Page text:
Many personal injury lawsuits depend on the testimony of expert witnesses. Experts are those witnesses who have specific knowledge in a certain subject relevant to the case. Their testimony is expected to clarify the issues for a jury or to confirm allegations of negligence. For example, in a medical malpractice case, experts are called upon to testify whether or not the allegedly negligent practitioner was acting according to the standard of other similar practitioners. Another example is a negligence case where the victim is permanently disabled. Experts may be called upon to testify how the victim’s life will be different and what the damages are, including future medical expenses and the need for rehabilitation.
Defendants often object to and challenge the admissibility of a plaintiff’s expert witness. The U.S. Supreme Court has adopted certain rules that must be followed in federal court for the admissibility of expert testimony. Maine has not officially adopted the Supreme Court standard, but has a very similar test for admissibility of expert testimony in Maine state court cases.
A Daubert Challenge
Defendants now base their challenges on the 1993 U.S. Supreme Court opinion in Daubert v. Merrill Pharmaceuticals (Daubert).The High Court established a test federal courts must use in determining whether or not to admit expert testimony. UnderDaubert, in order for expert testimony to be admissible as evidence it must meet five criteria:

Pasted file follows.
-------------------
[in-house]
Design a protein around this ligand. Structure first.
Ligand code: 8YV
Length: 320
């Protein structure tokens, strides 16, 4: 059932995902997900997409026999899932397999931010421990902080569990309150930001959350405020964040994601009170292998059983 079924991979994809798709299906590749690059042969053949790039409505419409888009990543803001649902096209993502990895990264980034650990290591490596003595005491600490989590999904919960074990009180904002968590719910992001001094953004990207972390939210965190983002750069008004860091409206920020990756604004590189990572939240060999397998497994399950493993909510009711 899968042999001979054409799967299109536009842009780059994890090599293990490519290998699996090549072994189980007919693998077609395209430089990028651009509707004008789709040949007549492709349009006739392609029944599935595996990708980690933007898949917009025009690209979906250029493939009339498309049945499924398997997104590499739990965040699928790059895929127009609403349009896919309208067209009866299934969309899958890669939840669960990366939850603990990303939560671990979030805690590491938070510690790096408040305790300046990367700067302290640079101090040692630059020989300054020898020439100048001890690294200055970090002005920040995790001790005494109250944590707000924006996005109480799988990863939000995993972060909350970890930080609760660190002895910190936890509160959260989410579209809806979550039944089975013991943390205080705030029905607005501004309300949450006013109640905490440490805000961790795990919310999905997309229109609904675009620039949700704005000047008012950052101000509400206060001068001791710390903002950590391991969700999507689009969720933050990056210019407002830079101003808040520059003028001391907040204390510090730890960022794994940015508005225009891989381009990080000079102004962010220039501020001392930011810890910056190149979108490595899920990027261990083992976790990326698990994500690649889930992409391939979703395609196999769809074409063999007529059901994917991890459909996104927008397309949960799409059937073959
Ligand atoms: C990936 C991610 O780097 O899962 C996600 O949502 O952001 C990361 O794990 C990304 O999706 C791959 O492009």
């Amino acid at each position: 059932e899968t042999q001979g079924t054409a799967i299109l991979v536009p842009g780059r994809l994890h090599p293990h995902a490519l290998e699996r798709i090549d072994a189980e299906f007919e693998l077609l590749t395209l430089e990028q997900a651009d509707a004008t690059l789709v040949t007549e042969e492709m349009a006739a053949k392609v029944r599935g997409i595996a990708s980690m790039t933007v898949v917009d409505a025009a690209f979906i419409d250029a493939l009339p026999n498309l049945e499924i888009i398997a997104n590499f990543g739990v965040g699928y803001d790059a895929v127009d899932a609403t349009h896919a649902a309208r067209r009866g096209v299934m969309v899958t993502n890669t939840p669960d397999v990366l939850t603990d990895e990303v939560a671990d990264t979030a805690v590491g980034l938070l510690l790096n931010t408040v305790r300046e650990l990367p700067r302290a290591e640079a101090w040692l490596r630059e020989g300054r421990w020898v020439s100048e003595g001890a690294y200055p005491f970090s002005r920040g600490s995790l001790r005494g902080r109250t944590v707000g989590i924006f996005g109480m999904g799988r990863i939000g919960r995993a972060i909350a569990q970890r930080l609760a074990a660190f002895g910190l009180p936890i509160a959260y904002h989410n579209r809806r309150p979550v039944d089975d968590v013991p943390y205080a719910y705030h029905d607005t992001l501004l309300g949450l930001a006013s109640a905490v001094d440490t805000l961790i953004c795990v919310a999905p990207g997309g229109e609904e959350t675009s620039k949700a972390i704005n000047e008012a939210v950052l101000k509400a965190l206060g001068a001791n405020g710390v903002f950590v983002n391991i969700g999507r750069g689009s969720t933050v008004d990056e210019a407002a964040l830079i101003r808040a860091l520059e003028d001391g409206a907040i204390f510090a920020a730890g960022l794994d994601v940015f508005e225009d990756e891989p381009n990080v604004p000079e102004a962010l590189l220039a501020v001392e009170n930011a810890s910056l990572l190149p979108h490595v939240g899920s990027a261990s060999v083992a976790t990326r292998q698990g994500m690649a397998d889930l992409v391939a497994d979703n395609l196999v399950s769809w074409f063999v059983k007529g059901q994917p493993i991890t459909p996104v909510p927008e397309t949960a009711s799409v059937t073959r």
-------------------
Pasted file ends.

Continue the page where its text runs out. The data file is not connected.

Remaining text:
- The theory must have been tested.
- It must have been “subjected to peer review and publication.”
- There must be a known or potential error rate.
- There must be standards that control its operation.
- The theory must be accepted within the relevant scientific community.
In addition, the court considering a challenge must also act as a gatekeeper in preventing “junk science from entering the courtroom as evidence.” Although Daubert applies to all cases in federal court, it was left to each state to develop their own rules for admissibility of expert testimony.
Daubert Challenges in Maine State Court
Maine has not specifically adopted the Daubert test for state court personal injury cases, but the Maine Supreme Court has cited the case favorably in several opinions. In one often cited opinion from 2005, Searles v. Fleetwood Homes of Pennsylvania, Inc., the Court discussed the test for admission of expert testimony in Maine courts and noted there is a “two-part standard.”
- The testimony is relevant; and,
- It will assist the trier of fact “in understanding the evidence or determining a fact in issue.”
The Court added that the testimony “must also meet a threshold level of reliability.” In order to meet that threshold, a court may consider whether the proposed testimony is based on scientific matters that “have been generally accepted or conform to a generally accepted explanatory theory.” “General acceptance” is not a required element if the court is satisfied “that the proffered evidence is sufficiently reliable to be held relevant.”
The Court refused to adopt the Daubert test, but noted in a footnote that the outcome of the case would have been the same under Maine’s test as under the Daubert test. The plaintiffs in that 2005 case would win their argument for admissibility of their expert witness under both tests.
Questions about the Daubert Challenge?
If you were injured by the negligence of another, contact our attorneys at Fales & Fales for a free case evaluation and discussion of whether your case may need the services of an expert to present evidence on any relevant aspect of your case.
Image via Pixabay